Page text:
When Was -
The Yo-Yo Invented?

By Mike McLeod

Consider the humble yo-yo. It’s just a toy, a plaything. But this inconsequential kid’s pastime actually dates from antiquity.

No one knows the exact origins of the yo-yo, but some believe it was invented in China. No one really has any evidence of that; however, there is hard evidence that the ancient Greeks invented and played with yo-yos. In the National Museum of Athens resides an urn with a picture depicting a child dangling a yo-yo by the string. (Can’t tell from the urn if the Greeks knew how to “walk the dog” or “rock the cradle.”) In addition, the museum has an example of a terra cotta yo-yo—which is a stroke of marketing genius! A toy that is just made to be broken. Greek mothers must have been out buying new terra cotta yo-yos every day.

Actually, Greek children had wooden and metal yo-yos, too. So why the terra cotta version? As a rite of passage, children offered their toys to a chosen god when they came of age, so the terra cotta yo-yos may have been offerings to the gods. Image that—the humble yo-yo, an offering to a god.

Yo-yos were played with by the Romans, Indians (of India and possibly the Mayans), Egyptians, English, Scots, Filipinos, French (including Napoleon’s armies and King Louis XVII*) and probably many others. The first hard copy record of the yo-yo in the United States was a patent issued in 1866 to James L. Haven and Charles Hittrick of Cincinnati for an improved yo-yo with added weight.

The yo-yo was first mass produced and marketed in the U.S. by Pedro Flores, an American of Filipino ancestry. He eventually built factories that reported made 300,000 yo-yos per day. The humble yo-yo had made it to the big time.

Enter Donald Duncan, Sr., entrepreneur extraordinaire. After seeing a crowd gather to watch a demonstration of yo-yo tricks, he eventually went to work for Pedro Flores. A couple of years later, Duncan purchased the company $250,000 in the early 1930s.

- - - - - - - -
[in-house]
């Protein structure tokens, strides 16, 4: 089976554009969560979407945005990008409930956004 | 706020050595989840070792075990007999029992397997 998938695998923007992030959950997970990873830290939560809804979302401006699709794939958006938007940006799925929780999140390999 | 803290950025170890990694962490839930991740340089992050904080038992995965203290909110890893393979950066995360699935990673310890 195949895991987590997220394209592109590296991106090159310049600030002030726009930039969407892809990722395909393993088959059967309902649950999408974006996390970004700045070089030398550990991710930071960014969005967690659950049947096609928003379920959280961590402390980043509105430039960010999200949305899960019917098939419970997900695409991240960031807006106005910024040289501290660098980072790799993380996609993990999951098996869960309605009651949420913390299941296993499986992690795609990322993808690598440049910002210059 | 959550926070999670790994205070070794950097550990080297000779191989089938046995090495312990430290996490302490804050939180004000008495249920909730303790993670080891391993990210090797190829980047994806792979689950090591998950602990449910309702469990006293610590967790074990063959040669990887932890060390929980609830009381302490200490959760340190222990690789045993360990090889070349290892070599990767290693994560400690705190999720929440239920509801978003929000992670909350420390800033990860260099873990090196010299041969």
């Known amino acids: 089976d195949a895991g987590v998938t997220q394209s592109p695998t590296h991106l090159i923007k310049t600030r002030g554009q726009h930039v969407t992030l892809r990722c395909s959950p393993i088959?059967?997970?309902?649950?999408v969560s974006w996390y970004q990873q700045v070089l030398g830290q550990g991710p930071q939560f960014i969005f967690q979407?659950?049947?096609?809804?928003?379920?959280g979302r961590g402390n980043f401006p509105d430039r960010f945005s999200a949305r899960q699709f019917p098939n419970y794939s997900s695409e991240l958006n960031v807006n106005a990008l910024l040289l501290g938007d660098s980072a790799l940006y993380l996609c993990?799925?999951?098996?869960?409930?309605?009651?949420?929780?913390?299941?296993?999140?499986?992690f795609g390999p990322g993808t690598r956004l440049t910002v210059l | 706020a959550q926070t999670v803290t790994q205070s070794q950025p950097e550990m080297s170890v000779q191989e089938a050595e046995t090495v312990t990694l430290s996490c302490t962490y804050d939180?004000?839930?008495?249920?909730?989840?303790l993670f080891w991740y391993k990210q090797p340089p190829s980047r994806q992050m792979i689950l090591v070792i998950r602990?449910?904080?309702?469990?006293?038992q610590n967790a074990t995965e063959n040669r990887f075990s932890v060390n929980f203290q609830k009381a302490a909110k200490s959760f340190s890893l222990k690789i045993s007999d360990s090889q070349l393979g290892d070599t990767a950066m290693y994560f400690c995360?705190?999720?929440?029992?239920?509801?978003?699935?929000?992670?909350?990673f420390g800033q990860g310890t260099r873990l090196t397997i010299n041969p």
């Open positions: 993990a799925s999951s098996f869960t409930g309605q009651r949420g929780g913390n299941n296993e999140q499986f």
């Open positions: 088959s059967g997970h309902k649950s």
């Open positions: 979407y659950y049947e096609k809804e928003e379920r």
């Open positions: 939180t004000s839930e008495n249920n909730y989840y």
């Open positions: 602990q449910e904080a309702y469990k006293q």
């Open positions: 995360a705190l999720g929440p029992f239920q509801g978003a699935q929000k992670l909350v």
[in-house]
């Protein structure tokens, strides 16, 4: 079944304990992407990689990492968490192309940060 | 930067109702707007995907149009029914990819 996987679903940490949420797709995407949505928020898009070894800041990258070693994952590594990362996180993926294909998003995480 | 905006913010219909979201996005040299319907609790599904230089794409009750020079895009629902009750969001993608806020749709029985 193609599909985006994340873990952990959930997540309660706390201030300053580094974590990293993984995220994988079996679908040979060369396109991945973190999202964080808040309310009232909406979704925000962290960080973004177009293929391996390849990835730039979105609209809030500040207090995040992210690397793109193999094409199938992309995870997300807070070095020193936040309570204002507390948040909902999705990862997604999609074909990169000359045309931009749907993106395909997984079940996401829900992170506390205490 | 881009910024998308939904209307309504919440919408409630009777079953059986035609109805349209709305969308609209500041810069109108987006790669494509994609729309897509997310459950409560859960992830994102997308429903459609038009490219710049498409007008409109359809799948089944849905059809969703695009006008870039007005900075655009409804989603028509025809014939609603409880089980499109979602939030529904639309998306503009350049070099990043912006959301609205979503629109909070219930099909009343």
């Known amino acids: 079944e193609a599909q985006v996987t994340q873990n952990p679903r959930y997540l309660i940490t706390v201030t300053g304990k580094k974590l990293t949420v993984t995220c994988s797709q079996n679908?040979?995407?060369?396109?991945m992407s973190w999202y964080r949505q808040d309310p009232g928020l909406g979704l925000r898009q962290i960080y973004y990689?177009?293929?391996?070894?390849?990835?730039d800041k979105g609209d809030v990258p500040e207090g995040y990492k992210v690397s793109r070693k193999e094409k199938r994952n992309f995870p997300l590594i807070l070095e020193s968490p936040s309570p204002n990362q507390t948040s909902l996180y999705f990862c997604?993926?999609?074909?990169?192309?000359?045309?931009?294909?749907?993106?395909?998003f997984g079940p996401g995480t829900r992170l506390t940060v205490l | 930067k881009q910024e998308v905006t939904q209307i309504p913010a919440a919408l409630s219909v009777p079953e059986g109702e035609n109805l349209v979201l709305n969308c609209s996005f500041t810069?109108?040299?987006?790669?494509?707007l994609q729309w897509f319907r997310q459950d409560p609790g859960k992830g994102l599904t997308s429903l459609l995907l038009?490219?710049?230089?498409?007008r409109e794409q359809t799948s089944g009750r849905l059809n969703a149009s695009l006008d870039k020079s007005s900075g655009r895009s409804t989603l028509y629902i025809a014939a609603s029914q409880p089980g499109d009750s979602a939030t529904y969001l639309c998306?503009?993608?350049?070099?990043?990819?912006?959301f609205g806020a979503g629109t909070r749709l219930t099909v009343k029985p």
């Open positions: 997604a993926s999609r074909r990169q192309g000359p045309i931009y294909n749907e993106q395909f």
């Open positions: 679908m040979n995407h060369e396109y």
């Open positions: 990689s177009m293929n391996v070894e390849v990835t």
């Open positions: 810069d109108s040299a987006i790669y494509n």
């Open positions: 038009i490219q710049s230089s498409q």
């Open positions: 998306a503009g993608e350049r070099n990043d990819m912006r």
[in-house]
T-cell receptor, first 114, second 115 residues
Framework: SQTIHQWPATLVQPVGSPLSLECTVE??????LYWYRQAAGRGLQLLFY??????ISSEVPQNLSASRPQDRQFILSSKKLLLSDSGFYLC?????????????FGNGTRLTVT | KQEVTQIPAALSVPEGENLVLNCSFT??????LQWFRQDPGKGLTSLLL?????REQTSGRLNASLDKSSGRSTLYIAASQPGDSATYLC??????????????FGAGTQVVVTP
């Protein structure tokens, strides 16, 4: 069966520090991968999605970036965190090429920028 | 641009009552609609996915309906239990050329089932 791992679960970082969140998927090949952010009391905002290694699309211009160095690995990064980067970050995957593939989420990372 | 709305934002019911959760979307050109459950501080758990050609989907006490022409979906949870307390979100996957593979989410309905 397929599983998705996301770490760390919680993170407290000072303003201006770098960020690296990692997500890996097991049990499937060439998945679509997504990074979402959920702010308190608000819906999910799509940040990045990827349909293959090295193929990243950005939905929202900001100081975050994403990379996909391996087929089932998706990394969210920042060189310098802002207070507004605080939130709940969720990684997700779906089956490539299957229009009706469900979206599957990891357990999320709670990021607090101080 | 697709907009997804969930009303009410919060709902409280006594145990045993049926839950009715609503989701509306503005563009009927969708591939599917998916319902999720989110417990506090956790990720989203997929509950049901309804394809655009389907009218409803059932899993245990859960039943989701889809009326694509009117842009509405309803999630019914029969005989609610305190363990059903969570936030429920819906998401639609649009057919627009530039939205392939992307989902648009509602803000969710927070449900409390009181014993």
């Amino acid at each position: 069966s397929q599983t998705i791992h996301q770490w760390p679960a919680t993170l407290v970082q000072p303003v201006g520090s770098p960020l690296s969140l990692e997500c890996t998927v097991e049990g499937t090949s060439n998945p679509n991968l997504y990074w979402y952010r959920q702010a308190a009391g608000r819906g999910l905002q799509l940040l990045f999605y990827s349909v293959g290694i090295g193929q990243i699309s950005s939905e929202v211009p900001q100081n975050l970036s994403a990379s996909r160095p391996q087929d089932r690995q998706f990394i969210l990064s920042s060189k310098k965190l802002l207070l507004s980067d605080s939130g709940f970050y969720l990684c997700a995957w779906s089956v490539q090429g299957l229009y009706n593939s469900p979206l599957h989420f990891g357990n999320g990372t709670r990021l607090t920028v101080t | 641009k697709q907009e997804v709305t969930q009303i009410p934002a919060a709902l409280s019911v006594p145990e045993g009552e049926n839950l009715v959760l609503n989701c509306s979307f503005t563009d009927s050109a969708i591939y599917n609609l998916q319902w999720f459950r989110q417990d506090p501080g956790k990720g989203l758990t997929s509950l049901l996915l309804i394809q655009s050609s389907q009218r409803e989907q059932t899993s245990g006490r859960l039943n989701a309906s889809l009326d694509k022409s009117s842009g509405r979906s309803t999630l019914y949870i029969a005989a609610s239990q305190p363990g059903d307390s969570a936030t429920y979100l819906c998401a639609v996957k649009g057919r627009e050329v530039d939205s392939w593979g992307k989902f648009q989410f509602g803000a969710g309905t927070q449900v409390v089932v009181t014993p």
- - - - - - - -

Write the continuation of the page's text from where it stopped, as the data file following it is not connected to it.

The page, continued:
The toy that was first patented in 1866 under the name whirlygig, Duncan patented it in 1932 as the yo-yo, the name Flores had originally christened it. Duncan took his product on the road and had youthful experts showing kids across America how to do yo-yo tricks. By 1946, the Duncan Company was making millions of yo-yos per year, and in 1962, he sold more yo-yos (45 million) than there were kids in America.

Today, the name Duncan Yo-Yos is owned by Flambeau Plastics. But because the Supreme Court ruled in a lawsuit that the term yo-yo is now generic, any manufacturer can use that name.

So the humble yo-yo, with its ancient Greek or possibly Chinese beginning, has traveled the world, amazed the armies of Napoleon and visited the Supreme Court. Kind of gives you more respect for this little toy on a string, doesn’t it?

*A 1789 painting shows King Louis XVII of France as a child playing with a yo-yo. He died in 1795 at the age of 10 from tuberculosis.

Tommy Smothers was a
true follow of “Yo,” as he
termed it, and showed his
skills here in 1988.

Several companies jumped
on the yo-yo bandwagon. In
this 1954 promotional photo, Cheerios Demonstrator Barney Ryan wows some yo-yo fans.

Painting on a Greek urn of
a boy and his yo-yo.

Photos, courtesy of owner
David Hall and www.yoyomuseum.com.



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